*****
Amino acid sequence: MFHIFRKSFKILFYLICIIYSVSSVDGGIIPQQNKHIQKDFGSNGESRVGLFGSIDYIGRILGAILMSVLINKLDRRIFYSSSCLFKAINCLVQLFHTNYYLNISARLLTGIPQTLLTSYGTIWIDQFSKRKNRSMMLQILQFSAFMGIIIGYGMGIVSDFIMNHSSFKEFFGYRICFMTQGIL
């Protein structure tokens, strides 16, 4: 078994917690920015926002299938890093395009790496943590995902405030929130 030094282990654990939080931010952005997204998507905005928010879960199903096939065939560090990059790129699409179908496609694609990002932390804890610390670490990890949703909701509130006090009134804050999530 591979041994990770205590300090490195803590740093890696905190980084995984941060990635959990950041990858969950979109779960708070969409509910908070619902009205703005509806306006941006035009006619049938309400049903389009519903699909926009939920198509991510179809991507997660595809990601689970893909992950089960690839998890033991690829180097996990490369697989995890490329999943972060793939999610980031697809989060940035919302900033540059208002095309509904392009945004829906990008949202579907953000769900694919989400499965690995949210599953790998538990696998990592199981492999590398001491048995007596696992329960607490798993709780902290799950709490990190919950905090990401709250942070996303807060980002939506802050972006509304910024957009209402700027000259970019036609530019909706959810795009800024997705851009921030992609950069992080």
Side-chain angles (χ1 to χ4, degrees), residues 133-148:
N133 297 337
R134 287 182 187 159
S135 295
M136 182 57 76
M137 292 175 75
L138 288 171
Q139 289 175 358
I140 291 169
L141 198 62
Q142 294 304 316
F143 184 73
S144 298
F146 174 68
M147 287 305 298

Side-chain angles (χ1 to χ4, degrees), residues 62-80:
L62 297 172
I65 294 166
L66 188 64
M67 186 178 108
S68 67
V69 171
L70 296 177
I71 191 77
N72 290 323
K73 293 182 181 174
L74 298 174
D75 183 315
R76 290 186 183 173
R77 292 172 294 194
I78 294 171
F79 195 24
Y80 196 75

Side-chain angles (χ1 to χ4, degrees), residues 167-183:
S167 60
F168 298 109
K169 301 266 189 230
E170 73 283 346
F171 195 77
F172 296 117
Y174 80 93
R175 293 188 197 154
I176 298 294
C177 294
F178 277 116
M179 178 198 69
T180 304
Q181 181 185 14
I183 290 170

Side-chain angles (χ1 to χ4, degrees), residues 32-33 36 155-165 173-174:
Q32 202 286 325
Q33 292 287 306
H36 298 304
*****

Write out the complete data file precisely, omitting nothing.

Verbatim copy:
Amino acid sequence: MFHIFRKSFKILFYLICIIYSVSSVDGGIIPQQNKHIQKDFGSNGESRVGLFGSIDYIGRILGAILMSVLINKLDRRIFYSSSCLFKAINCLVQLFHTNYYLNISARLLTGIPQTLLTSYGTIWIDQFSKRKNRSMMLQILQFSAFMGIIIGYGMGIVSDFIMNHSSFKEFFGYRICFMTQGIL
């Protein structure tokens, strides 16, 4: 078994917690920015926002299938890093395009790496943590995902405030929130 030094282990654990939080931010952005997204998507905005928010879960199903096939065939560090990059790129699409179908496609694609990002932390804890610390670490990890949703909701509130006090009134804050999530 591979041994990770205590300090490195803590740093890696905190980084995984941060990635959990950041990858969950979109779960708070969409509910908070619902009205703005509806306006941006035009006619049938309400049903389009519903699909926009939920198509991510179809991507997660595809990601689970893909992950089960690839998890033991690829180097996990490369697989995890490329999943972060793939999610980031697809989060940035919302900033540059208002095309509904392009945004829906990008949202579907953000769900694919989400499965690995949210599953790998538990696998990592199981492999590398001491048995007596696992329960607490798993709780902290799950709490990190919950905090990401709250942070996303807060980002939506802050972006509304910024957009209402700027000259970019036609530019909706959810795009800024997705851009921030992609950069992080």
Side-chain angles (χ1 to χ4, degrees), residues 133-148:
N133 297 337
R134 287 182 187 159
S135 295
M136 182 57 76
M137 292 175 75
L138 288 171
Q139 289 175 358
I140 291 169
L141 198 62
Q142 294 304 316
F143 184 73
S144 298
F146 174 68
M147 287 305 298

Side-chain angles (χ1 to χ4, degrees), residues 62-80:
L62 297 172
I65 294 166
L66 188 64
M67 186 178 108
S68 67
V69 171
L70 296 177
I71 191 77
N72 290 323
K73 293 182 181 174
L74 298 174
D75 183 315
R76 290 186 183 173
R77 292 172 294 194
I78 294 171
F79 195 24
Y80 196 75

Side-chain angles (χ1 to χ4, degrees), residues 167-183:
S167 60
F168 298 109
K169 301 266 189 230
E170 73 283 346
F171 195 77
F172 296 117
Y174 80 93
R175 293 188 197 154
I176 298 294
C177 294
F178 277 116
M179 178 198 69
T180 304
Q181 181 185 14
I183 290 170

Side-chain angles (χ1 to χ4, degrees), residues 32-33 36 155-165 173-174:
Q32 202 286 325
Q33 292 287 306
H36 298 304